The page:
Gifford did not hesitate to take on projects of synthesizing immense bodies of fact. Two of his largest works remain the main sources of primary data on two aspects of the California Indians: their physical characteristics (1926a) and their kinship terminologies (1922).

Beyond being a patient collector of facts, Gifford was competent at seeing and solving theoretical or terminological problems. In a paper on Euro-American culture contact in Tonga published in 1929, he became the first American anthropologist to use the term “acculturation” in the modern sense. The same is true of his use of the term “lineage,” which he proposed, in a broad survey of political organization (1926b), as the basic unit of aboriginal California societies.

In archeology he was the first to devise a method, which has since become important, for segregating the components of refuse deposits, identifying them, and deriving from the proportions of each component economic interpretations, indications of dietary change over time, and reflections of the relations of the occupants to local environment. Gifford was among the first to employ the weight, rather than the count, of potsherds from archeological excavations to assess chronological changes in the ceramic complex.

In addition to his field investigations, Gifford guided the Museum of Anthropology at Berkeley for 44 years and directed its development of one of the major anthropological collections in the United States. The importance of the Berkeley collections rests not so much upon their size as upon the fact that an unusually large proportion of the materials was collected in the field by scholars, including Gifford himself, and is accompanied by information on cultural context. Gifford organized the collections to make the context of the objects as explicit as possible and constructed a card index for cross reference. Consequently, it is possible that no other major research collection in anthropology is more accessible to scholars.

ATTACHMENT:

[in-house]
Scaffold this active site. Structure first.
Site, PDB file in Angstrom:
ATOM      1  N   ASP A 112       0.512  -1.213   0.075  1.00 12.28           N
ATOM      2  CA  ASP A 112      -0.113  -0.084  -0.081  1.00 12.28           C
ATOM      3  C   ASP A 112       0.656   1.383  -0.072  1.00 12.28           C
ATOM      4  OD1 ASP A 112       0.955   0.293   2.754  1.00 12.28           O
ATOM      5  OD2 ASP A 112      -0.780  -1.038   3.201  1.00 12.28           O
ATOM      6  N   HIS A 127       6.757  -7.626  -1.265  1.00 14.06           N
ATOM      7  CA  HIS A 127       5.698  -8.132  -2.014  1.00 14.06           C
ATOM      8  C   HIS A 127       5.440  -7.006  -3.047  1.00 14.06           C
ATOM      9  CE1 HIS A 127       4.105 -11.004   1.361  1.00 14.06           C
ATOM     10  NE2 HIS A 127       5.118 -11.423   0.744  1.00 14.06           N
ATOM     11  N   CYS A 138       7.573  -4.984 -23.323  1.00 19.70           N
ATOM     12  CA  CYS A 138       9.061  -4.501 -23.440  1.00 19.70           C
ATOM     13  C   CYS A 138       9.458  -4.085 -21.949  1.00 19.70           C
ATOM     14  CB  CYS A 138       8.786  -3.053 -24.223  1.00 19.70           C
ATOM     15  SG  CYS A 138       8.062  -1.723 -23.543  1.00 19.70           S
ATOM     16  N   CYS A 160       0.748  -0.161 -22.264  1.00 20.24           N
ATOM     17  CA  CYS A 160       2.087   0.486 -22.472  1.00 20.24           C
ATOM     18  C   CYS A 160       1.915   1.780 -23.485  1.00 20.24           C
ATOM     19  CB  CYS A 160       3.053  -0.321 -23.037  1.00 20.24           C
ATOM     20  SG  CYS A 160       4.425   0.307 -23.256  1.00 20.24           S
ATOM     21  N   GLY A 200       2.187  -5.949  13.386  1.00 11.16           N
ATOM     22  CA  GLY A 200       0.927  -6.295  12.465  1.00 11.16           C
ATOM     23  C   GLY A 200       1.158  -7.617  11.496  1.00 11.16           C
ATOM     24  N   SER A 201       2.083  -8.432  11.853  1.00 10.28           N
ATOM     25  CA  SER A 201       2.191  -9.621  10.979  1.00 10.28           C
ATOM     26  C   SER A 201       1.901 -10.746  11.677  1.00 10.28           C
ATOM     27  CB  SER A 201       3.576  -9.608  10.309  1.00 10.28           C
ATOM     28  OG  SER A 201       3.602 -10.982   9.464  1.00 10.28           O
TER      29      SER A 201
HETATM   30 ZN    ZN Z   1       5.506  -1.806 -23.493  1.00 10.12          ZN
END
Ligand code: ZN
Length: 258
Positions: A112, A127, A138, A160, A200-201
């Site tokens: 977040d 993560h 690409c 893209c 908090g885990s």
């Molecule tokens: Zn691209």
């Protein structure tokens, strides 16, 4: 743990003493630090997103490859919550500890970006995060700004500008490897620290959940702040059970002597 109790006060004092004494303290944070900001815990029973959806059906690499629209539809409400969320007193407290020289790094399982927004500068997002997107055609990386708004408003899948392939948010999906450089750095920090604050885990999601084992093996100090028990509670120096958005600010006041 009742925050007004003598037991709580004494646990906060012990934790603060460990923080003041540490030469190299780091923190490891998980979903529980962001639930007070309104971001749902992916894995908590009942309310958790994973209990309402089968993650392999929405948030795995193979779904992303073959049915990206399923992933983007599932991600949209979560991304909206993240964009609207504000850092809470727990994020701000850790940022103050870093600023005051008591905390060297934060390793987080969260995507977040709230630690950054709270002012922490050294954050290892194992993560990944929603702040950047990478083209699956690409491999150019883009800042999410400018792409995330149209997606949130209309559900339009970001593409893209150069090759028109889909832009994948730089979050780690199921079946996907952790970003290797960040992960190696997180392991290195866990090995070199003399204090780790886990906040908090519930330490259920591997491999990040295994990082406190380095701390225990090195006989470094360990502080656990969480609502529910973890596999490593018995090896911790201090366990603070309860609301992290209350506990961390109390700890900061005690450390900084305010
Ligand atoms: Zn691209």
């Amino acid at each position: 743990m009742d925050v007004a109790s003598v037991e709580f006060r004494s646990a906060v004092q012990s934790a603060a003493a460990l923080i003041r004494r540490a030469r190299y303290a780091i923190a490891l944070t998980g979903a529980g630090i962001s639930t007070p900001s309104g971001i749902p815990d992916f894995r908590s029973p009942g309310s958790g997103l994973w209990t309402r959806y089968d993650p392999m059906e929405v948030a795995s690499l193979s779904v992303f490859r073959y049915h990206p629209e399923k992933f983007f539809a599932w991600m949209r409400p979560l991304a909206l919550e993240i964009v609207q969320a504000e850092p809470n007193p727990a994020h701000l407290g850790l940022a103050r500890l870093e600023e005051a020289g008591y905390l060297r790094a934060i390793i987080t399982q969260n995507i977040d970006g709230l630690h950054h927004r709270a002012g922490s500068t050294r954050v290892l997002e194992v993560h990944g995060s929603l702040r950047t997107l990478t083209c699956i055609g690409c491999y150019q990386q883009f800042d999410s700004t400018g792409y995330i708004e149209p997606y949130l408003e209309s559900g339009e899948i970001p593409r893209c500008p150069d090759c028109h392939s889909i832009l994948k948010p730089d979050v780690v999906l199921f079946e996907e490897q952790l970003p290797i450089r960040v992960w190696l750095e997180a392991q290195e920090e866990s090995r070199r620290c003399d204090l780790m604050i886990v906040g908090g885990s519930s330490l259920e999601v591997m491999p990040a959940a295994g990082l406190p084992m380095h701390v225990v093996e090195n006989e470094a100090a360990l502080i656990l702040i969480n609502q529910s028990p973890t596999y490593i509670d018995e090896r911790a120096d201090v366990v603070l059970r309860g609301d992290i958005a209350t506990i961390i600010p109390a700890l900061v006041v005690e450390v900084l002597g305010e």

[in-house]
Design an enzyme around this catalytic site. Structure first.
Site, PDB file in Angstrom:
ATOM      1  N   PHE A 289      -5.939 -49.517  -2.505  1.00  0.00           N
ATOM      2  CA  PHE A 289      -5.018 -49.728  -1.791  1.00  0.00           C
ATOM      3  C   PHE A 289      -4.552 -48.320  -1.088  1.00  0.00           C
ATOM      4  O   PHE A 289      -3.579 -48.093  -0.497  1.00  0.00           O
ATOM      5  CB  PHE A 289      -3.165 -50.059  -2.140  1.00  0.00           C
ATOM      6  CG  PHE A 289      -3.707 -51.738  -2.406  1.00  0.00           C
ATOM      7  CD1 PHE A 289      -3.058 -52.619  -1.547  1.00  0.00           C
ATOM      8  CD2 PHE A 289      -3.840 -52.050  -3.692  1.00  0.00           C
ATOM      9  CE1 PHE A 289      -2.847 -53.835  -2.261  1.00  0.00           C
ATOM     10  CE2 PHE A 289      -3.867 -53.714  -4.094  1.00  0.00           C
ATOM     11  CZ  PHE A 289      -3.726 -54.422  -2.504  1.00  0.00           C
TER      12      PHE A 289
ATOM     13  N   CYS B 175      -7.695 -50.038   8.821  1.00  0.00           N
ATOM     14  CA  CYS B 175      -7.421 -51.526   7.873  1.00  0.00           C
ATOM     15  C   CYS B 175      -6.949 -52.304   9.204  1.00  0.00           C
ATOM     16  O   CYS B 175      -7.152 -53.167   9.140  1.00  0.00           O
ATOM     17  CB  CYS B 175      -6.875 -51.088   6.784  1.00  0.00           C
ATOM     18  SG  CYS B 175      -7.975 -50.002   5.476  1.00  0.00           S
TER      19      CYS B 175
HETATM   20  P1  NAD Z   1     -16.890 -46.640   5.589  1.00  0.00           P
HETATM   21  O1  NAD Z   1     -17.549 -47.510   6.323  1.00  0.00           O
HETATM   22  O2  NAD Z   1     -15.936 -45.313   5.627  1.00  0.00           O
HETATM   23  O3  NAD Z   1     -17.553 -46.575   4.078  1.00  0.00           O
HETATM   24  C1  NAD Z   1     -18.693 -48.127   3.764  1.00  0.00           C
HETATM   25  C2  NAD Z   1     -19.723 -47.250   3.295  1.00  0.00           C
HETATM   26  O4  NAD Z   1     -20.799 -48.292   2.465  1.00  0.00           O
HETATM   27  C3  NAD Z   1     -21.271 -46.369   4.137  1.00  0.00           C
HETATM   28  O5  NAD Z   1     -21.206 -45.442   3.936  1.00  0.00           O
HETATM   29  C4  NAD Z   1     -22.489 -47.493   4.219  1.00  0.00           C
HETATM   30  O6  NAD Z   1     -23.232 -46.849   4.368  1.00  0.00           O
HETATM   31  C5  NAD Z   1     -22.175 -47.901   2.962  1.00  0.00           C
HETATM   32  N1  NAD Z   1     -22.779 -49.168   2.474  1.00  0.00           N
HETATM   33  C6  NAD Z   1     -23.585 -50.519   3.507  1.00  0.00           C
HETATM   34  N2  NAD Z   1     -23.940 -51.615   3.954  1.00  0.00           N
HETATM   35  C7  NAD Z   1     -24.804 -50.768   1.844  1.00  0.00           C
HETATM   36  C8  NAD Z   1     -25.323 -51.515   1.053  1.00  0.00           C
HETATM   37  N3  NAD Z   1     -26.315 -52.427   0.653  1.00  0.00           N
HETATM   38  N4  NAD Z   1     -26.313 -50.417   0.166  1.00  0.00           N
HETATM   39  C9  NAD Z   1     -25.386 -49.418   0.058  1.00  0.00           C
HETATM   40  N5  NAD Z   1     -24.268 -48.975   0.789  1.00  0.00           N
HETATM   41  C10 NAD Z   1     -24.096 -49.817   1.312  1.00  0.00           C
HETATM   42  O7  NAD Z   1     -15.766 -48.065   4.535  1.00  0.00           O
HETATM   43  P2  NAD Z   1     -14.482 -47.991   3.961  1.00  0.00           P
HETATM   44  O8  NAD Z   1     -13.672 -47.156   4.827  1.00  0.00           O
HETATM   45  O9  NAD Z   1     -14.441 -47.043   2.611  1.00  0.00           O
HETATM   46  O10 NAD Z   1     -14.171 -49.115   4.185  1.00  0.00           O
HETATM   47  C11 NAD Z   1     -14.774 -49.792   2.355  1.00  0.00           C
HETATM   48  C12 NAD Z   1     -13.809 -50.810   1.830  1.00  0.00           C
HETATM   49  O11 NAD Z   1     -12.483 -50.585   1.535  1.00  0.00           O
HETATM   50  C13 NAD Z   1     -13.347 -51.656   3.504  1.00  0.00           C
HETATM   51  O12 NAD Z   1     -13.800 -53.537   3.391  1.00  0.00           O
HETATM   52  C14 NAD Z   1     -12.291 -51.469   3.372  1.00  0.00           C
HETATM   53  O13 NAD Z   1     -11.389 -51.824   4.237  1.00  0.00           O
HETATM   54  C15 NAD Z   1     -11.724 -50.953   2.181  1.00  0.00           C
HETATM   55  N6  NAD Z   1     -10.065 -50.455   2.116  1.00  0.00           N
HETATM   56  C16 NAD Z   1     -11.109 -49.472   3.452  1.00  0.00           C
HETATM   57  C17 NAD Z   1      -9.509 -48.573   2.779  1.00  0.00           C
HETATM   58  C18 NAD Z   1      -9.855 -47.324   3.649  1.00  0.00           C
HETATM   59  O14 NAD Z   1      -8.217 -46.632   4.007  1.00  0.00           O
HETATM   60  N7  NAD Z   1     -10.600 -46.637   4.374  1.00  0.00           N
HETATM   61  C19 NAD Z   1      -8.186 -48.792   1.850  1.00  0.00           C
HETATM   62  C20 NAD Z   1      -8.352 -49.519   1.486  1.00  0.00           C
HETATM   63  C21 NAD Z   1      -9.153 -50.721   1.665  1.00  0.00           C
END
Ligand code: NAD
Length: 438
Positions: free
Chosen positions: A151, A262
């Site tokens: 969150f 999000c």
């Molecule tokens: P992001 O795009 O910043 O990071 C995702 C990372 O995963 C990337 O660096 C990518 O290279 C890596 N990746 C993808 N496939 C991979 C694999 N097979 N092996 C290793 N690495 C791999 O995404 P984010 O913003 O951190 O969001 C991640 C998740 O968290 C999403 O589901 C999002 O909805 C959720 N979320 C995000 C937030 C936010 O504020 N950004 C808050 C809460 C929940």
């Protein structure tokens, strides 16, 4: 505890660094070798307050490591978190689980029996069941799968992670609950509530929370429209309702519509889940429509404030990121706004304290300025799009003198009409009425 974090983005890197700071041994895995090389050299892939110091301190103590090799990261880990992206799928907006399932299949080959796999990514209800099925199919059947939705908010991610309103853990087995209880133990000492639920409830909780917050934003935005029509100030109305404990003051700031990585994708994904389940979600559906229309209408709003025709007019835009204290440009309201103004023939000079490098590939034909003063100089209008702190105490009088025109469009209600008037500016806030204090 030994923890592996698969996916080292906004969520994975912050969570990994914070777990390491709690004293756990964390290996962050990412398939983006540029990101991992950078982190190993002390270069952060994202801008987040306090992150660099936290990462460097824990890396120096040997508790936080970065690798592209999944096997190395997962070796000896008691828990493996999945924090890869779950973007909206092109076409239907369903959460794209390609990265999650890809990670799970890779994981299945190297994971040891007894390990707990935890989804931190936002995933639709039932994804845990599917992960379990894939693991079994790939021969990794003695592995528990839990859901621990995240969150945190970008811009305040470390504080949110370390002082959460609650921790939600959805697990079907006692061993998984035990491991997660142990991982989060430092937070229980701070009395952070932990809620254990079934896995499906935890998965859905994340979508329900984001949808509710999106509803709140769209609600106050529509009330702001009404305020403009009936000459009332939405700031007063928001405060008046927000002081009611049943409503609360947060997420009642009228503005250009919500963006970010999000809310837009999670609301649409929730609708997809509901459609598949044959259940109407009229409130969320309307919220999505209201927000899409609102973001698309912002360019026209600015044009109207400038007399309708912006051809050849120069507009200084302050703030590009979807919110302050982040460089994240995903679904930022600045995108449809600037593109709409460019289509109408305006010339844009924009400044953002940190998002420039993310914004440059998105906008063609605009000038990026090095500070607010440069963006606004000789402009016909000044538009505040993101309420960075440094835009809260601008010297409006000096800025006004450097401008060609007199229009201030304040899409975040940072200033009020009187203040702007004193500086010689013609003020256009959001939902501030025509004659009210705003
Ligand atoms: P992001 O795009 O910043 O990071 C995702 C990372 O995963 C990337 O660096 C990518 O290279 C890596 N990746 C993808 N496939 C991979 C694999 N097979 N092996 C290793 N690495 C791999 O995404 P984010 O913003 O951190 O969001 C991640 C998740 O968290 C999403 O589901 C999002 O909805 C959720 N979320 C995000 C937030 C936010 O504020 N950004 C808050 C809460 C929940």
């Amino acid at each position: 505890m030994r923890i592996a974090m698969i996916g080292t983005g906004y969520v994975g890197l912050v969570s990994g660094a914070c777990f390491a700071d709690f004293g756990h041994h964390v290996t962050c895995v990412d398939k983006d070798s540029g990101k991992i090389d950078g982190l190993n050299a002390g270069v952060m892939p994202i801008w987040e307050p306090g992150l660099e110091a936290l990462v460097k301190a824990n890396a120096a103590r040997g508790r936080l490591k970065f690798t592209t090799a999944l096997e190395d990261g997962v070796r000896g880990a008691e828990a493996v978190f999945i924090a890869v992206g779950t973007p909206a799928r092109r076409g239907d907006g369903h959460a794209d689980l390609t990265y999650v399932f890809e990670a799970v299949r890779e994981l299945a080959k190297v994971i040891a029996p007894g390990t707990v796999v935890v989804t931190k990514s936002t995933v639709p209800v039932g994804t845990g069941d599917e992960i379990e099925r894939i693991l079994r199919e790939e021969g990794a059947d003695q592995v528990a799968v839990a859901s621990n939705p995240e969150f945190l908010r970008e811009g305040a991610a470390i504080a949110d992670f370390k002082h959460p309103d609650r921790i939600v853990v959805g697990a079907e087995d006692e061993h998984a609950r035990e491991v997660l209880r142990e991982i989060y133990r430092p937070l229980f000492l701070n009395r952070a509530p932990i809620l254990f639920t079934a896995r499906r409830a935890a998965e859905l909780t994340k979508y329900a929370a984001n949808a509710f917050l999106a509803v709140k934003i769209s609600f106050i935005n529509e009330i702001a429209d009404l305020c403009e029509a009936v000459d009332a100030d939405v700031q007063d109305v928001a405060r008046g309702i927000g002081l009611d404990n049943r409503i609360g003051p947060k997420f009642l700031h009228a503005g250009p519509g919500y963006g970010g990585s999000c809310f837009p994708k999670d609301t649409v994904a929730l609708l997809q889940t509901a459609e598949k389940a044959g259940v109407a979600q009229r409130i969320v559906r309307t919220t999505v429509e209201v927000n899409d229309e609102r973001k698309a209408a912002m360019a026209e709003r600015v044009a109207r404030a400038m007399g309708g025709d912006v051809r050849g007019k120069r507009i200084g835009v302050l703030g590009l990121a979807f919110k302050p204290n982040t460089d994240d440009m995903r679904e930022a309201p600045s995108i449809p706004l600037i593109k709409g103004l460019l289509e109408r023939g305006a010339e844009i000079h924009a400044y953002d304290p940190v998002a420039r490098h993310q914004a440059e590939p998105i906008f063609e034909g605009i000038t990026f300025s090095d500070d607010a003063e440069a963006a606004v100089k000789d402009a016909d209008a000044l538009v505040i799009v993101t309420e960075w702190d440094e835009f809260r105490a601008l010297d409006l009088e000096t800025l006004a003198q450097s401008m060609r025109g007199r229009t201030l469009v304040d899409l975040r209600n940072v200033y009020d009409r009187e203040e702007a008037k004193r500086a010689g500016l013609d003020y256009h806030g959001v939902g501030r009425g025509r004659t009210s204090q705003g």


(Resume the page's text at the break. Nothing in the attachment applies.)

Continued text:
Robert F. Heizer

[For the historical context of Gifford’s work, see the biographies ofKroeberandLowie.]


1916 Composition of California Shellmounds. University of California Publications in American Archaeology and Ethnology, Vol. 12, No. 1. Berkeley: Univ. of California Press.

1922 California Kinship Terminologies. University of California Publications in American Archaeology and Ethnology, Vol. 18. Berkeley: Univ. of California Press.

1926a Californian Anthropometry. University of California Publications in American Archaeology and Ethnology, Vol. 22, No. 2. Berkeley: Univ. of California Press.

1926b Miwok Lineages and the Political Unit in Aboriginal California. American Anthropologist New Series 28:389–401.

1929 Tongan Society. Bernice P. Bishop Museum, Bulletin No. 61. Honolulu, Hawaii: The Museum.

1939 The Coast Yuki. Anthropos 34: 292–375.

1949 Kroeber, Alfred L.; and Gifford, Edward W. World Renewal: A Cult System of Native North-west California. University of California Anthropological Records, No. 13. Berkeley: Univ. of California Press.

1951 Archaeological Excavations in Fiji. University of California Anthropological Records, Vol. 13, No. 3. Berkeley: Univ. of California Press.


Foster, George M. 1960 Edward Winslow Gifford, 1887–1959. American Anthropologist New Series 62: 327–329.

Harvard University, Peabody Museum of Archaeology and Ethnology, Library 1963 Edward Winslow Gifford. Volume 9, pages 243-247 in Catalogue, Part 1, Authors. Boston: Hall.